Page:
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This is a great stove. I needed a stove to pack with other camping gear in checked baggage and this stove fits the bill. The alcohol fuel leaves no residue or smell, good when packing for the trip home. (Just make sure you shake out any remaining droplets after its last use. Some fuel always remains, even after sitting overnight.) I bought 91% rubbing alcohol at the grocery store and it burned just fine. It boiled 2 cups of water and heated 16 ozs. of soup to almost-boiling in a few minutes. (I didn't time it exactly.)I filled it to overflowing and lit the outside so it warmed up faster. I used a windscreen as others recommended.Turn it upside-down and it fits neatly inside a Sierra cup,reducing packing space.
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After using the Vargo Decagon Alcohol Stove this last weekend I'm impressed with the fine performance. Using a windshield,to protect the flame from wind and retain heat, I was able to boil 2 cups of water to a rolling in 7 minutes. I used the Evernew .9 pot titanium potfor this test and the performance with the wider pot gave me stability on the stove. Overall, I'm very satisfied with usingthis stove for non-cooking since there is really no way to control the heat and flame. I did allow the stove to completelyburn out and the time for burn out was a little over 17 minutes. I would highly recommend this stove for minimalist users only seeking to heat water for coffee, tea of meals.


this stove is well built with a sturdey base and i would definetly buy it again. With that said it is not the fastest stove to boil water that i have, but there is a give and take. My fast stove will burn any food i put on it and will burn out sooner. This one burns a little slower and lasts a little longer. It does lite good if you prime it.Here is my take, get a couple differant stoves and of course make one or two yourself. One i made is my second fastest. All my stoves hold about 2oz of fuel and they all put out about the same amount of BTU’s just at differant speeds. I choose the stove to use by how fast i want something to cook.


I got two of these to use as the stove in our bus-conversion. At first I was unhappy because the flames weren't blue, and it was creating soot. I almost returned them, but then tried using a different kind of alcohol, and it burns perfectly! Ok then - I'm keeping it! Using Klean-Strip denatured alcohol (we found that not all denatured alcohol burns clean, but this one does), we can boil a small-to-medium pot of water in under 10 minutes. We retrofitted an old Coleman camping stove to fit these alcohol stoves so we can have a nice solid base to put them in and set a pot on top. Works brilliantly!


Great stove ! Used denatured alcohol and boiled water - 2 cups in 5 minutes and 25 seconds . I love my Soto Wind Master but there is something to be said about the simplicity and dependability about alcohol stoves the I really like . Update- after watching probably 7 or 8 videos on how to use this stove I realized that most people were not using it right. You have to fill this thing all the way up! Till its over flowing down the side walls and then it will bloom instantly and your good! Be careful not to do it on a flammable surface .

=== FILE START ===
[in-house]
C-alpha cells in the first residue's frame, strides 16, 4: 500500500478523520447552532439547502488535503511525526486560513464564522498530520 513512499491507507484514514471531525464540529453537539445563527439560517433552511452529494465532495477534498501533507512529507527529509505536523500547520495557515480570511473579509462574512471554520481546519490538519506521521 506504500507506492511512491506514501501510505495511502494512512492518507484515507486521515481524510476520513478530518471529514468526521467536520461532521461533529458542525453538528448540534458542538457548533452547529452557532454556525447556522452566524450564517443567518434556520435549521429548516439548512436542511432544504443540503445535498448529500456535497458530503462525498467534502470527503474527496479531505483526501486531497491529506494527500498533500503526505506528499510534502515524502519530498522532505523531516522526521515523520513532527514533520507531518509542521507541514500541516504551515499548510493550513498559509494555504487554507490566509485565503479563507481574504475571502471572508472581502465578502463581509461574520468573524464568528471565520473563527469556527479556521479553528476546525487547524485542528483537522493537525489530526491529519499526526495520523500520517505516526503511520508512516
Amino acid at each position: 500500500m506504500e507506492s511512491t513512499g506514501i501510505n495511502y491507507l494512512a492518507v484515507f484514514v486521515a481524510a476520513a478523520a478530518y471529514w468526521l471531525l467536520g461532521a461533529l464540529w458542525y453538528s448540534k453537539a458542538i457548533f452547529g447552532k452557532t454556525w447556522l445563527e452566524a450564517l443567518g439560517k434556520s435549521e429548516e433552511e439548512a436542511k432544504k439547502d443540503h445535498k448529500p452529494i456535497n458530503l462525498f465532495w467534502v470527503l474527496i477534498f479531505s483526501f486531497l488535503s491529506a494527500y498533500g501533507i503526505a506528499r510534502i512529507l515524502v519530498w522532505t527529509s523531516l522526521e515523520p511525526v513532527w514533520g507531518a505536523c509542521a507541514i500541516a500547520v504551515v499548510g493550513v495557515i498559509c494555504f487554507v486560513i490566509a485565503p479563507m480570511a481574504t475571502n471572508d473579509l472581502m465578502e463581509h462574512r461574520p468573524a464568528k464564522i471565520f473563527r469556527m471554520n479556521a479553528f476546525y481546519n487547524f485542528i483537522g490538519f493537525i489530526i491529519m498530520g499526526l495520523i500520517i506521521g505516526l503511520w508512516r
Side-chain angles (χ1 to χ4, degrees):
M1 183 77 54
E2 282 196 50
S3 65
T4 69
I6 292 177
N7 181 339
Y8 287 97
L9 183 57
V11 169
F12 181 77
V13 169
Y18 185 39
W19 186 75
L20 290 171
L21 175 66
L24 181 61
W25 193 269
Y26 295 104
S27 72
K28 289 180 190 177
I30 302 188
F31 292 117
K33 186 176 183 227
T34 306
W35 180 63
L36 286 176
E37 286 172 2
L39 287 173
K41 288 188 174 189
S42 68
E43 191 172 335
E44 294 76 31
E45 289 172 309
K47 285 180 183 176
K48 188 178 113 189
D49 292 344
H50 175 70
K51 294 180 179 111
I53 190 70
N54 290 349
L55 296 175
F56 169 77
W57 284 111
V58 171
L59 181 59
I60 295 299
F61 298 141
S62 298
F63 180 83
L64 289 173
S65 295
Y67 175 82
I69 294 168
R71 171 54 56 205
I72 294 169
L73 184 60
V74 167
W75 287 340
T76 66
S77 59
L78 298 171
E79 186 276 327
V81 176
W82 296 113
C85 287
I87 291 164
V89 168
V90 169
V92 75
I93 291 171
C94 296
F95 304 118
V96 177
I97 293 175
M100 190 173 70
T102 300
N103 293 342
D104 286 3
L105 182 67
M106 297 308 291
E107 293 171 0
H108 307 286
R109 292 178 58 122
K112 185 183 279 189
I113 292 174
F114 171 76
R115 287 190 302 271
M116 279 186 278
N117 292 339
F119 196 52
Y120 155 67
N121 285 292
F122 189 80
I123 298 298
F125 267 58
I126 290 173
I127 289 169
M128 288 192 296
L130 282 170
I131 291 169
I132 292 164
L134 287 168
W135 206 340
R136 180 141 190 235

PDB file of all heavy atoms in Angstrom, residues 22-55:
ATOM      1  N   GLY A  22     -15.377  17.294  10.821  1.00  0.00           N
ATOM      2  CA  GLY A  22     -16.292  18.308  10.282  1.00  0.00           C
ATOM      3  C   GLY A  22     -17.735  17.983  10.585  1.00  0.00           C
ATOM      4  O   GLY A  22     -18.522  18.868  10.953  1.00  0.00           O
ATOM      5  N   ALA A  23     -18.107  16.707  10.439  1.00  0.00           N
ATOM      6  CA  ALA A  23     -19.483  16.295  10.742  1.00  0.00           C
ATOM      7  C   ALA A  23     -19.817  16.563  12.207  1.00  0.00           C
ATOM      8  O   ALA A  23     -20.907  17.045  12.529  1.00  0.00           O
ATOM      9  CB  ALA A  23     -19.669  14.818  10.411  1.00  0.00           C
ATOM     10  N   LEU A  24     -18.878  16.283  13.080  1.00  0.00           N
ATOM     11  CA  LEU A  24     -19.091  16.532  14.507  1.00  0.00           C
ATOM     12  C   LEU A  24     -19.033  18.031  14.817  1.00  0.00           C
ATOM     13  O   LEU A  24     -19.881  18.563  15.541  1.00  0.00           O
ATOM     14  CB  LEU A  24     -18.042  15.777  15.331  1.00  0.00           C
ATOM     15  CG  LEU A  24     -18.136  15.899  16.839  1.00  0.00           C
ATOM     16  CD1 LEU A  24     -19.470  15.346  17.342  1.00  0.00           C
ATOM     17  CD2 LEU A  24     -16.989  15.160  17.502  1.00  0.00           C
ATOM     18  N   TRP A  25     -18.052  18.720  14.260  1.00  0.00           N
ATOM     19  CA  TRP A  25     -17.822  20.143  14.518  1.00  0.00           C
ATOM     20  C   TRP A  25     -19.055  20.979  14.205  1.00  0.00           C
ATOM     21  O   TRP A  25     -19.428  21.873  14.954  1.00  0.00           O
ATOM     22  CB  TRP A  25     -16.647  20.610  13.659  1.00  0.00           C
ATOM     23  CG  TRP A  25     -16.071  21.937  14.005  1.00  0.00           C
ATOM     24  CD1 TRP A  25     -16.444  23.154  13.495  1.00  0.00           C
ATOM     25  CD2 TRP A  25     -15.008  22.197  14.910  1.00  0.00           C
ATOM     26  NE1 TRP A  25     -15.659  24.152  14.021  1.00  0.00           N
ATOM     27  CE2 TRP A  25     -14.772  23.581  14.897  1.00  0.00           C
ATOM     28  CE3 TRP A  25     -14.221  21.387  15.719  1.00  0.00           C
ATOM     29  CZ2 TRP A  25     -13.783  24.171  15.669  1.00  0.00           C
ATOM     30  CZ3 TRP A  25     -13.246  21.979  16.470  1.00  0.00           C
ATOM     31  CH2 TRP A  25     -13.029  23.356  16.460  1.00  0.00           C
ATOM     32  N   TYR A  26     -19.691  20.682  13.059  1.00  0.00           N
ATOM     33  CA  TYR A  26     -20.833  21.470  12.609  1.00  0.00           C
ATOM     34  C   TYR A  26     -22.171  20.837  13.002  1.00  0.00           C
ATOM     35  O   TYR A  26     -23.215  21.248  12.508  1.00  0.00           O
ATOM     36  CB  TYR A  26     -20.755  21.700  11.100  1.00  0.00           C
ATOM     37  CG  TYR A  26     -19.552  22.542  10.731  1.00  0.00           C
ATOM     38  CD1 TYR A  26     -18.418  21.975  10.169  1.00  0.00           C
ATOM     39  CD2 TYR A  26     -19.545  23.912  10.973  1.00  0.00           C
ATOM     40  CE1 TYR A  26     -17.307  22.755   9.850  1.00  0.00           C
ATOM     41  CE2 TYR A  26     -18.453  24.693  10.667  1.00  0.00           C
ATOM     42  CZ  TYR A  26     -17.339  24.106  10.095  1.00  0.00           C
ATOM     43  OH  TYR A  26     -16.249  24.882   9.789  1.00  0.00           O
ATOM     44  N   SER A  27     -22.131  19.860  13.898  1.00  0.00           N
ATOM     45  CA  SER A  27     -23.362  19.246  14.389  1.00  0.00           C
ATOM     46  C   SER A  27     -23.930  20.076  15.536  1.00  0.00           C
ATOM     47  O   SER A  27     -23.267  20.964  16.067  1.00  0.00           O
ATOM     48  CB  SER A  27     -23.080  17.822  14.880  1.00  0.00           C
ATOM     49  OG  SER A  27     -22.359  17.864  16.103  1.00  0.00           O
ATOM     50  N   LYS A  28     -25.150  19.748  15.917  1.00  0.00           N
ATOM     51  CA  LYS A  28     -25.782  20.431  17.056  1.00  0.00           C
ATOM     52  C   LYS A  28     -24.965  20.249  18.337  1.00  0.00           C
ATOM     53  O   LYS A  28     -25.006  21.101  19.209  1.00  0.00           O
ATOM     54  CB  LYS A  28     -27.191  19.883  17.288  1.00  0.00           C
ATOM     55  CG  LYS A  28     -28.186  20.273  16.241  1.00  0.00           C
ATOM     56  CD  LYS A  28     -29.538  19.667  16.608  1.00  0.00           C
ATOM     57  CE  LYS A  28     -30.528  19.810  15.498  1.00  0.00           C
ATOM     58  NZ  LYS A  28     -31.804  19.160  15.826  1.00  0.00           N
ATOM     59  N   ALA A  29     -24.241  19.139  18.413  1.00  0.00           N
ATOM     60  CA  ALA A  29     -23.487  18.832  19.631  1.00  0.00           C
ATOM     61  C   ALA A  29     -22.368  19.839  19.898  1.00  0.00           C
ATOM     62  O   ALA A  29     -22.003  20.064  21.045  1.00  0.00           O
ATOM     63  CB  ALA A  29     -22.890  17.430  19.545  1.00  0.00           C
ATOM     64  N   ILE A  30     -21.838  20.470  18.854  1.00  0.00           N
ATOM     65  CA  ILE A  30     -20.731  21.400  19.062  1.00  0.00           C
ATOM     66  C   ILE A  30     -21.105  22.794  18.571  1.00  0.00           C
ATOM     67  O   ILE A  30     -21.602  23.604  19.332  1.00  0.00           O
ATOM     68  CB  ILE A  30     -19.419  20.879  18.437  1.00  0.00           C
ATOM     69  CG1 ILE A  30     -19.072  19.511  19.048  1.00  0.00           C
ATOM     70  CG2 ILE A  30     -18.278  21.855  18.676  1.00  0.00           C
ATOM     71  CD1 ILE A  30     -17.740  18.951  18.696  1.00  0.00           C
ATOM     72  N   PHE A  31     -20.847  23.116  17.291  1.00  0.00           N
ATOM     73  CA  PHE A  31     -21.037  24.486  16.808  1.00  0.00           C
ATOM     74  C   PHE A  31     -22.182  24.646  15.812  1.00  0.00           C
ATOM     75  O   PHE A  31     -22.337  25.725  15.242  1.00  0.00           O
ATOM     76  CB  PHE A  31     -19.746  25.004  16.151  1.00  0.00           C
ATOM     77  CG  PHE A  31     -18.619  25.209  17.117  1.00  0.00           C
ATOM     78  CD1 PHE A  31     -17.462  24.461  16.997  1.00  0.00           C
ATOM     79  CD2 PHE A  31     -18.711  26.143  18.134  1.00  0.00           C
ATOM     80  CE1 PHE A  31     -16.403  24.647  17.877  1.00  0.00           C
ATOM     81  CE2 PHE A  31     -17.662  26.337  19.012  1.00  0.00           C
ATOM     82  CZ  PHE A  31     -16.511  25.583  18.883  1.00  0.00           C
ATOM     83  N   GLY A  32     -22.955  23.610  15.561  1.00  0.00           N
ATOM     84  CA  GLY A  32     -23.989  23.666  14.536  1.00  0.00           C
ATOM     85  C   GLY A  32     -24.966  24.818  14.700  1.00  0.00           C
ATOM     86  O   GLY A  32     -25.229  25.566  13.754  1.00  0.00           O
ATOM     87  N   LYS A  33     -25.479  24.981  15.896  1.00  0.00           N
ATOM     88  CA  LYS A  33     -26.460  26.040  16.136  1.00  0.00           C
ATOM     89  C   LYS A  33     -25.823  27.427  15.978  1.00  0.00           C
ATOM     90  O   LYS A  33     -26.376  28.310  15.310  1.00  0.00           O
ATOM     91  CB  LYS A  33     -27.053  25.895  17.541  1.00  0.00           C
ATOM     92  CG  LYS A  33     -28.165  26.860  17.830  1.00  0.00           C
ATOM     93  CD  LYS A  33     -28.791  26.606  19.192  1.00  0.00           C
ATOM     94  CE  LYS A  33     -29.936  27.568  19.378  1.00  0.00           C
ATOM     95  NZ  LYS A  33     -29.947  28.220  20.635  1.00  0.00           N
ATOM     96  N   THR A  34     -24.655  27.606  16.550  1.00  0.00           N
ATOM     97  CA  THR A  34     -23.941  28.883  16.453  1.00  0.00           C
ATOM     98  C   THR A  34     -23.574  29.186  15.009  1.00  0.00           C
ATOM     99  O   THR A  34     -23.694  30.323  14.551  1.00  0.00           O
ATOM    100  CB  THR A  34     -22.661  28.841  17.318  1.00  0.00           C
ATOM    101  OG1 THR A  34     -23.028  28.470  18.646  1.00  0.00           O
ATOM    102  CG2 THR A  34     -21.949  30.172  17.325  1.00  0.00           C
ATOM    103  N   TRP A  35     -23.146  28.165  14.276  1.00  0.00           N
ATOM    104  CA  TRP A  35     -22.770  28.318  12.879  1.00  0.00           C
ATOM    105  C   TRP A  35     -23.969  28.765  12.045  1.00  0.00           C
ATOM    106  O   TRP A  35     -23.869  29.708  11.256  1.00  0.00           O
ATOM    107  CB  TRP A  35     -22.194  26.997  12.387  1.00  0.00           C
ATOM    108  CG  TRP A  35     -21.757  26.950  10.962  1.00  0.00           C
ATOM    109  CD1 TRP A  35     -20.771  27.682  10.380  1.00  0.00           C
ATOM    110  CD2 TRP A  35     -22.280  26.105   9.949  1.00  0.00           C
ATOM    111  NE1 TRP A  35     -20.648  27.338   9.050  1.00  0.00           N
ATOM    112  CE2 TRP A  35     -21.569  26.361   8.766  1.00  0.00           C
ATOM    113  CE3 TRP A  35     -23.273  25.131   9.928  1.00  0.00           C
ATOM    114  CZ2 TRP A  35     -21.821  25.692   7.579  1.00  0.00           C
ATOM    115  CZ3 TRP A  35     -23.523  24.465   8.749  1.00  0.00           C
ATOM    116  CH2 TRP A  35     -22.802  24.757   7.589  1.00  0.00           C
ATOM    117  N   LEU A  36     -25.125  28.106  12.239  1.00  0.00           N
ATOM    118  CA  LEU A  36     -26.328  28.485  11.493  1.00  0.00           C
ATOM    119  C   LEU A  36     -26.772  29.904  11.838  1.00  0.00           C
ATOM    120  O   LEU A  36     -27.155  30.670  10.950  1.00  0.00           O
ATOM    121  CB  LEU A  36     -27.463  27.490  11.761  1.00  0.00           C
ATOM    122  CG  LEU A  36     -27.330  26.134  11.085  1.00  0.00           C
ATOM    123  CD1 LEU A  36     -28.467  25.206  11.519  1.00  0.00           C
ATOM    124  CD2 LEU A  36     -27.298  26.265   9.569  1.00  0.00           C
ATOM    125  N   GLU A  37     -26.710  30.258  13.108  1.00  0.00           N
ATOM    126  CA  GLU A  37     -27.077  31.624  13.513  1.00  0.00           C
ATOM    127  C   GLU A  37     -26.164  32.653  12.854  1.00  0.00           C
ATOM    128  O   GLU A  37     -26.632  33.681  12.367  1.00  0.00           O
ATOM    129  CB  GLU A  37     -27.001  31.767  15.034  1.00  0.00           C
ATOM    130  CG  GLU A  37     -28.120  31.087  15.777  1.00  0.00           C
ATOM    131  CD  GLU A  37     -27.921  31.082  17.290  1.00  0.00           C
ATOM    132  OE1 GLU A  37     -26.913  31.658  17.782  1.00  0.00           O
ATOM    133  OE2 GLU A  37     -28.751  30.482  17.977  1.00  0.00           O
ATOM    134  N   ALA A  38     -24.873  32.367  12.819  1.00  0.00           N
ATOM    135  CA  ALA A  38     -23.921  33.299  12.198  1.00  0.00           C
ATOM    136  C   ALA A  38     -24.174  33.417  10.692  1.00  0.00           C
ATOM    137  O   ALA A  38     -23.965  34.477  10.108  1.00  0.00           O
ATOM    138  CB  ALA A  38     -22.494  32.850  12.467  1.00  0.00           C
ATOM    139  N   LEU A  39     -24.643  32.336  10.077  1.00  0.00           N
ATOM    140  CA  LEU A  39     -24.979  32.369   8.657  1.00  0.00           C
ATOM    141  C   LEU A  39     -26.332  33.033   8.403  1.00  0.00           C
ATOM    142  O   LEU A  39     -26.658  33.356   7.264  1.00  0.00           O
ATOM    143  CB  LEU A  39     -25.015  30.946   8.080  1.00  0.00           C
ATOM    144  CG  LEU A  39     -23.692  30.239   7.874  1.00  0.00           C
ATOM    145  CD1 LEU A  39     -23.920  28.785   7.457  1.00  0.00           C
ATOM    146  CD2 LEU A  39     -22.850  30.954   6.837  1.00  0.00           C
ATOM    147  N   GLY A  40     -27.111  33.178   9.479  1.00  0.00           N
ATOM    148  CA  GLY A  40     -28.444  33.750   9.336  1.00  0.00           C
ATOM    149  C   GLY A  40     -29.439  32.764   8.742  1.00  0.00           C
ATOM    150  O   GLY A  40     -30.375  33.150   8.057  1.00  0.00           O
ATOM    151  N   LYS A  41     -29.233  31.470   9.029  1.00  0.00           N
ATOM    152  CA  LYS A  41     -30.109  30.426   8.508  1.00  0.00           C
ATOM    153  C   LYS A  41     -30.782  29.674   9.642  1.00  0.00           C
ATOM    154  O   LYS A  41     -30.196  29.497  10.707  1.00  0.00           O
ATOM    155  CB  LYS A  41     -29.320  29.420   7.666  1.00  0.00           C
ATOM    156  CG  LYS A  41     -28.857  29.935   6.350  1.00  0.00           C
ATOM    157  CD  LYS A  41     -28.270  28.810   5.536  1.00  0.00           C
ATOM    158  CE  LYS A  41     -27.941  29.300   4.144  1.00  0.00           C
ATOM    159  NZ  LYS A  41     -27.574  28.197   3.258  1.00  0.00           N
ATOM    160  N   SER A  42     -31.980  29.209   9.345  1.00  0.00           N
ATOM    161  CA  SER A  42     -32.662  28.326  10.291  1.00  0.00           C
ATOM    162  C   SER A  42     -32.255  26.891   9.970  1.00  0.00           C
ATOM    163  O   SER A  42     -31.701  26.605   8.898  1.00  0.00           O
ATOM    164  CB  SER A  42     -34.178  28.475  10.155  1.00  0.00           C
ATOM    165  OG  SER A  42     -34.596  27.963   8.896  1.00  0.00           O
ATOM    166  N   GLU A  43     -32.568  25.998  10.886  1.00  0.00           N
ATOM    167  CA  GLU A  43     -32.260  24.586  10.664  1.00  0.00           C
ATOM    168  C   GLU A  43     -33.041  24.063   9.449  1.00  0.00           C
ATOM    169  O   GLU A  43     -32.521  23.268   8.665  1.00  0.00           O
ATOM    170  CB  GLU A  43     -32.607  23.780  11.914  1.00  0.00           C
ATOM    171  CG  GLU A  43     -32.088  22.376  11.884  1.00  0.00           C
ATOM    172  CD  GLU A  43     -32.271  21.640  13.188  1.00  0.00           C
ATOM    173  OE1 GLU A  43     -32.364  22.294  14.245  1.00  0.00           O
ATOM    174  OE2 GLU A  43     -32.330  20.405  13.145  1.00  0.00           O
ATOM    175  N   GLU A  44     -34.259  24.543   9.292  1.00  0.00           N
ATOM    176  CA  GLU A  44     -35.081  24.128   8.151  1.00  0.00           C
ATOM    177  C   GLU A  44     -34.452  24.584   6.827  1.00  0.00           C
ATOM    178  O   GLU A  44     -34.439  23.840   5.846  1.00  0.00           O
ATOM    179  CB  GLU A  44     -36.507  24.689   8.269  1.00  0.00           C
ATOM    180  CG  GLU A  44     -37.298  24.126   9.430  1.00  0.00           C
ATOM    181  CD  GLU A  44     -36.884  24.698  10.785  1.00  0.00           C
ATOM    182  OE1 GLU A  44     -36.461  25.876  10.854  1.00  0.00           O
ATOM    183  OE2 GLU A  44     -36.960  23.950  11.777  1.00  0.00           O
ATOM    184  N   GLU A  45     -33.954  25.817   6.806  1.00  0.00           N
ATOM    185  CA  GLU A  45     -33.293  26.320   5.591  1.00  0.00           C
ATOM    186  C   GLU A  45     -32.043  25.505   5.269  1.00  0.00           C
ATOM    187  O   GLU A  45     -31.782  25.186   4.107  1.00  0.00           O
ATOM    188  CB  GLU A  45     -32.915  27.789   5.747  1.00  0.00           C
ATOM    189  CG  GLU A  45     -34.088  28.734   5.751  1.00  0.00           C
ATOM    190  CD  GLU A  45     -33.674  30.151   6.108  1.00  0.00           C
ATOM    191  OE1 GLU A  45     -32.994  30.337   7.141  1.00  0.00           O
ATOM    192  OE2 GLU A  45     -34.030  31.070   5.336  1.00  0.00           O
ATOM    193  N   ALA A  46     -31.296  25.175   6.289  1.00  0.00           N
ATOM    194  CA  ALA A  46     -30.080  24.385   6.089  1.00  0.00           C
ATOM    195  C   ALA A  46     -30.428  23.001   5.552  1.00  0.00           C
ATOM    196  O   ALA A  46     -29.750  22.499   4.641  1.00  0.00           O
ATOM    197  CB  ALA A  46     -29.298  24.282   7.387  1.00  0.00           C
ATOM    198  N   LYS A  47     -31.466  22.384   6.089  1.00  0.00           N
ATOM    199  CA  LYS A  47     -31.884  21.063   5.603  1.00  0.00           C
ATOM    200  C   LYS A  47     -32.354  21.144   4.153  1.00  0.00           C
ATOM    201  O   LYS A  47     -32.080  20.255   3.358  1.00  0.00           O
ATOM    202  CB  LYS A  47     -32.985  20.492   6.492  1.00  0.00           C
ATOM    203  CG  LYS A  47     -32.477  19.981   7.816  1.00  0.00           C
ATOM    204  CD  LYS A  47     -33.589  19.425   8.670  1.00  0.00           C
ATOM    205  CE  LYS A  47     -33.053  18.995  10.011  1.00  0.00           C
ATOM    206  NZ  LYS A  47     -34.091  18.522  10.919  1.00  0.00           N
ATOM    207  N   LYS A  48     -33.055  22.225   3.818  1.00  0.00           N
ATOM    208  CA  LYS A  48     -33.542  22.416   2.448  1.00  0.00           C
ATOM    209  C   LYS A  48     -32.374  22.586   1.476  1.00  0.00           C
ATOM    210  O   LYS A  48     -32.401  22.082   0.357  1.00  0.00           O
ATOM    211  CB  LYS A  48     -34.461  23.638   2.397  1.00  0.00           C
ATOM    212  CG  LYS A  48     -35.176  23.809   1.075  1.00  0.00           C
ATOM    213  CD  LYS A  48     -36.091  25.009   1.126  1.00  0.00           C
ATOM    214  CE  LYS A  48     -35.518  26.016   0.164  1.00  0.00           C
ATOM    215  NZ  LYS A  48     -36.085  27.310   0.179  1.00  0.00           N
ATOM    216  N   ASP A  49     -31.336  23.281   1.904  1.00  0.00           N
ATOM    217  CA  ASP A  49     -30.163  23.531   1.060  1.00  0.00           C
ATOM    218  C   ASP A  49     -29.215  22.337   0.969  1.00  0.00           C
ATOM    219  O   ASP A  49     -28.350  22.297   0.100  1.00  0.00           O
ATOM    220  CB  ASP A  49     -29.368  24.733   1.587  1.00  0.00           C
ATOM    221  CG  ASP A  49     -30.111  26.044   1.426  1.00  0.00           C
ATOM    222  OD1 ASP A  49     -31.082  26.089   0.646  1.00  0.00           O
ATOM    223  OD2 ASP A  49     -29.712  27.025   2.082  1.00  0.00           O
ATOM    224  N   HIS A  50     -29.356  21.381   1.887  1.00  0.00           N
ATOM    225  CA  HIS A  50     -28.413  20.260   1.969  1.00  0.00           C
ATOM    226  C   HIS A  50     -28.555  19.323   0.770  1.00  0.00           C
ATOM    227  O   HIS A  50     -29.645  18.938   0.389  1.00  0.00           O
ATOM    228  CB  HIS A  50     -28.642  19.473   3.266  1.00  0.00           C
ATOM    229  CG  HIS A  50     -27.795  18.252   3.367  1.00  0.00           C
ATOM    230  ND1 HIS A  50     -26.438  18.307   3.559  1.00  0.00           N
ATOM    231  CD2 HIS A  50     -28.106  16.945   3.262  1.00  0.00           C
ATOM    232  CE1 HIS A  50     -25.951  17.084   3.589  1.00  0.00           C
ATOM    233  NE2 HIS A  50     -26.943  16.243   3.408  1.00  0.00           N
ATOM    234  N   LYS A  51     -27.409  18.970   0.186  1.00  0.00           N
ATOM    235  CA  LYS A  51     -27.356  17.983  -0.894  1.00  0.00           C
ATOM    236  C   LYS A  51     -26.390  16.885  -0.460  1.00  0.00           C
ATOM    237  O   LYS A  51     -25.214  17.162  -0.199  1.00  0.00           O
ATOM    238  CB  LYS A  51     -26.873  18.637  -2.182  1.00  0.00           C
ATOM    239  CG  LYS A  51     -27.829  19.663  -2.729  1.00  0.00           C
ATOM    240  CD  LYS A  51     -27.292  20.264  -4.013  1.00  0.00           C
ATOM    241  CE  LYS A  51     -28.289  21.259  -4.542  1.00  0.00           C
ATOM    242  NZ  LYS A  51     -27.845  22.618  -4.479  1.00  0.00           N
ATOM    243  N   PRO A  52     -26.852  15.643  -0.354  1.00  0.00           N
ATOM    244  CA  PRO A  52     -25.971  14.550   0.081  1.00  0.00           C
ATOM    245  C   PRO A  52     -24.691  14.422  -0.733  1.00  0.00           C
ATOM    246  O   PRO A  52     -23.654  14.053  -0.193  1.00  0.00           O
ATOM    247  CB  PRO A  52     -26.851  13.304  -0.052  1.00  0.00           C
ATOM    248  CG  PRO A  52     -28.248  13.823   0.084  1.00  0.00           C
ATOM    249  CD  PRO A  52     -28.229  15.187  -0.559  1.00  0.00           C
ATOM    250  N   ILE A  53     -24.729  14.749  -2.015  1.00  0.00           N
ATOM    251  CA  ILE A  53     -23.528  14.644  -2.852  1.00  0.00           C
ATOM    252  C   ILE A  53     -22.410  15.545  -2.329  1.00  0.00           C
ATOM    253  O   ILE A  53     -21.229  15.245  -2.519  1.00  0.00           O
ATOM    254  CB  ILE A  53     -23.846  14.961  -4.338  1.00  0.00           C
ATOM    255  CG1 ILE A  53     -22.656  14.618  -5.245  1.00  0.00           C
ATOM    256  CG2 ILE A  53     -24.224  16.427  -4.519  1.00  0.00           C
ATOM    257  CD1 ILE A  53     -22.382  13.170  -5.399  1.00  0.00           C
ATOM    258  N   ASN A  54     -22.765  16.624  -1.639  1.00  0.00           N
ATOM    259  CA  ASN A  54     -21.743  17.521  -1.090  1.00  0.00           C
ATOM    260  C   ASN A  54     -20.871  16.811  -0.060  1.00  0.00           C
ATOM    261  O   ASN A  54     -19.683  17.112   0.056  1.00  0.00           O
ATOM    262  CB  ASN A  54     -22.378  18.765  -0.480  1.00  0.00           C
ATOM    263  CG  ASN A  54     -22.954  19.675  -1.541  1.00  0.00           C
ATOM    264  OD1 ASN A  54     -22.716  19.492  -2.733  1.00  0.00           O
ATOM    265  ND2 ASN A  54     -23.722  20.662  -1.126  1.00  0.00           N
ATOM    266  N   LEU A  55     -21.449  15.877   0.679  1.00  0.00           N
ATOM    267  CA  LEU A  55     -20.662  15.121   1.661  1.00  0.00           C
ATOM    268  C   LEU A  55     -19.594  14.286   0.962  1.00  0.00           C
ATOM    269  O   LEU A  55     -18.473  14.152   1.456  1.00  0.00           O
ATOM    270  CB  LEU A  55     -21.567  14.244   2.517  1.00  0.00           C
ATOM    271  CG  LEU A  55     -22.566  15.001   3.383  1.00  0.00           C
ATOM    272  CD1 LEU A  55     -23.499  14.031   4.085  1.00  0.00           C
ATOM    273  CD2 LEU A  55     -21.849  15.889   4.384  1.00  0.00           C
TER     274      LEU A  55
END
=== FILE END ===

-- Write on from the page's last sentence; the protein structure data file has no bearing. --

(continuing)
The Vargo Decagon is durable, light, and versatile. I use the Decagon in concert with a Vargo Hexagon Woodstove, using the Hexagon as a Windscreen for the Decagon. I use a Klean Kanteen 27 oz water bottle as a vessel to boil water, sliding it down into the Hexagon to rest on the Decagon, or I use a GSI Stainless Glacier Kettle set atop the Hexagon. With the fold-flat Hexagon and thinness of the Decagon, this makes a good lightweight hiking and backpacking setup for coffee, tea, cocoa, and broths on the trail.


The idea behind the stove is nice: it's a robust, self-contained, stable stove that you can rest a pot on directly. In fact, the kind of pots the stove can accommodate is somewhat larger than many other alcohol stoves. Priming the stove is tricky, however: you really have to fill the stove until it nearly overflows out of the side holes, and then it still takes longer to prime than other stoves. In addition, recovering fuel from the stove is a bit messy ("use the base plate as a spout").


I use this for making my lunch at work. It is a great design very light and sturdy. Primes very quickly and actualy burns for 20+ minutes like it advertises. I have a small backpack i carry to work everyday and i carry a quart of alcohol fuel and small pot with a latching lid. I can cook my lunch everyday for a month on 5 dollars of alcohol. Plus saves me alot of money bringing my lunch and cooking it. I eat very well at work using this little stove.


I have been a fuel canister guy for years. Jetboil, MSR Windboiler. I hiked the PCT with the Windboiler and loved it. But after hiking my first thru-hike, I knew it was time to try something a bit lighter. My next thru-hike (the PNT) will be with this. Yes it takes a little longer to get going, but in the long run if properly set up and time is properly used, this burner will be awesome. Weight saved, space saved!!!


no moving parts, indestructible, will not rust. Boils 2 cups of water in 7-8 minutes with minimal alcohol. I've tried and used soda can stoves and this is way more efficient with the fuel it burns, which means less weight in the fuel you have to carry. I highly recommend this for ultralight hiking.


Use a windscreen with it. 2- buy carbon felt an cut a 1/4” strip to weave thru the base around stove body. 3- use carbon felt with a few drops to prime stove. It will bloom in twenty seconds and boil 2 cups is water in 6-7 minutes using one ounce of fuel in 47 degree temp outside.